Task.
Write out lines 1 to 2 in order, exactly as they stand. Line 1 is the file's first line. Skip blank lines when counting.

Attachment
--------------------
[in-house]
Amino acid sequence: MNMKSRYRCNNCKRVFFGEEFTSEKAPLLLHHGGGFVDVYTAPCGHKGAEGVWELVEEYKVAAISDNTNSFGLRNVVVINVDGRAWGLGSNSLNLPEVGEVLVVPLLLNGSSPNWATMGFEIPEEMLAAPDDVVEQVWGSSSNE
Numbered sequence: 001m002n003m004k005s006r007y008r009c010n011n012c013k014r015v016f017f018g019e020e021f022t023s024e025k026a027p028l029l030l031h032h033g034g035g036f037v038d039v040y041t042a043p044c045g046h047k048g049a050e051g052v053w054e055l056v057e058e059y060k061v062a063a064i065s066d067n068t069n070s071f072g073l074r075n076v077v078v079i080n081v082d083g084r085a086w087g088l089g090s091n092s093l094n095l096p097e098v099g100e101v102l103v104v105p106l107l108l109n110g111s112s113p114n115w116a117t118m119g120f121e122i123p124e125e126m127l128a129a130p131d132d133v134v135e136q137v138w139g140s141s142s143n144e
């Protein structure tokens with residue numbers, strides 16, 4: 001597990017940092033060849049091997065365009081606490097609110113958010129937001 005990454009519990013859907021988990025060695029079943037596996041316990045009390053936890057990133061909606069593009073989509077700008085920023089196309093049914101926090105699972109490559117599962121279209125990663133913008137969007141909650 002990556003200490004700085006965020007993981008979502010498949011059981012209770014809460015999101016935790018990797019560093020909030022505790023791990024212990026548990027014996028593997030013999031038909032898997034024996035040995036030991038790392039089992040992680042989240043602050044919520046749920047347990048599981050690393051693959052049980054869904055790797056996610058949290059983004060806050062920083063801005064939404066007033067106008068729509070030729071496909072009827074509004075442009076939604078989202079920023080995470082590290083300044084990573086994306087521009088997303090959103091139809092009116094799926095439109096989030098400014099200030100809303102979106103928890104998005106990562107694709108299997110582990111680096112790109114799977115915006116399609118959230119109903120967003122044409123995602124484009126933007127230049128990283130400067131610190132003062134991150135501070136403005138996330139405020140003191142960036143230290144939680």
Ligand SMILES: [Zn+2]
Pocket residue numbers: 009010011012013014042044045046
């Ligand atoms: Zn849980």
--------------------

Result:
[in-house]
Amino acid sequence: MNMKSRYRCNNCKRVFFGEEFTSEKAPLLLHHGGGFVDVYTAPCGHKGAEGVWELVEEYKVAAISDNTNSFGLRNVVVINVDGRAWGLGSNSLNLPEVGEVLVVPLLLNGSSPNWATMGFEIPEEMLAAPDDVVEQVWGSSSNE